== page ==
Using antiseize when installing spark plugs was once common practice, but today, you might want to think twice before adding anything to your spark plug threads.
A simple tip for burping a radiator
Ever drain and fill a coolant system and watch the temp gauge spike afterwards? Air trapped in there can cause a car to act like it has a cooling problem. It’s annoying to let the car cool so you can work on it, then re-bleed and possibly still have the same problem.
This minor inconvenience is so prevalent that many cars include a little hole (with a jiggle valve) built into the thermostat housing, which should be the highest point in a cooling system.
Burping (so named because of the noise made by the bubbles of coolant exiting the radiator filler neck) is done with the radiator cap removed on cars without a valve. You wait for the car to warm up so the thermostat opens, and then the pressure of the expanding coolant being heated drives the air out. Or at least that’s how it’s supposed to work, anyway.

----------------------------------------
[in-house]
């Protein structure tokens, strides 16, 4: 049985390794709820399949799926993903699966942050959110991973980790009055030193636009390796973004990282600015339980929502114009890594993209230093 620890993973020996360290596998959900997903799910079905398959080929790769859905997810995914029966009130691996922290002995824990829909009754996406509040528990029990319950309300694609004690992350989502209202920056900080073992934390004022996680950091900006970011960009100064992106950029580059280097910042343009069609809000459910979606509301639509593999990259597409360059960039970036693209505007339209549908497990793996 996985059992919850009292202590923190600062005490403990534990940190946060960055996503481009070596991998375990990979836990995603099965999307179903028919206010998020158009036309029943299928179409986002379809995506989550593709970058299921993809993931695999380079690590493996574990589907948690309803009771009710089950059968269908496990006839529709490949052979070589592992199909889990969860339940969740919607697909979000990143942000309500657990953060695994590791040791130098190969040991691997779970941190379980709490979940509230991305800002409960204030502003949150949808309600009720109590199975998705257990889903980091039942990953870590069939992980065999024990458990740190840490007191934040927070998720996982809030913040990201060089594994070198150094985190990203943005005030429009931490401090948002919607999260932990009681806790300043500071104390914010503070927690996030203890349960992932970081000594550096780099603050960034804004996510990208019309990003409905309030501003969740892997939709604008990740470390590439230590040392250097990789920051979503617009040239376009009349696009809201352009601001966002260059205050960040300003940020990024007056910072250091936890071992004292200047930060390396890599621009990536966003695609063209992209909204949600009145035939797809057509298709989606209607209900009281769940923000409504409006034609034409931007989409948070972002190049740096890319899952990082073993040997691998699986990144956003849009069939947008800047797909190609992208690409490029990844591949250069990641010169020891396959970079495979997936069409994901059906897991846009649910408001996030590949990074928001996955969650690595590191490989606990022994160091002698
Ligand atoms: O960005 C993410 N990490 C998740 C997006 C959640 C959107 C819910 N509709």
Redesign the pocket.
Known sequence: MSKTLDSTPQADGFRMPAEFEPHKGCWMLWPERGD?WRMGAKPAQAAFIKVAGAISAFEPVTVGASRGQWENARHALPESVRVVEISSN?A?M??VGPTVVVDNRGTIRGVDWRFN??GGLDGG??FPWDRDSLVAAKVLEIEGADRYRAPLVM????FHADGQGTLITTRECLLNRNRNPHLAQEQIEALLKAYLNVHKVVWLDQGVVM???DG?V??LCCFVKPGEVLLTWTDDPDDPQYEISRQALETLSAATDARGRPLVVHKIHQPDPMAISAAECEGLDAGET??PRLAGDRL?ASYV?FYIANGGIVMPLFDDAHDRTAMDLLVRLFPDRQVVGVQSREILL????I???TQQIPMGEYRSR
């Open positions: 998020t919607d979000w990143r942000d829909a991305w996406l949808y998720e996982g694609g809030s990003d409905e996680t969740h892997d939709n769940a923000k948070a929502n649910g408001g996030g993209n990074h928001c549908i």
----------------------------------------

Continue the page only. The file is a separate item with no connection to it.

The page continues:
I learned a trick from an old racer that works real well to bleed that rarely leaves me repeating my work.
Take a screwdriver and manually open up the thermostat. Wedge an aspirin – the old white kind you can get at the drug store for 97 cents – in between the thermostat frame and the mechanical valve itself. It will keep the thermostat open, allow coolant to flow wide open even in the coldest of temperatures, and will dissolve in fifteen minutes – plenty long enough to get the system purged of air.
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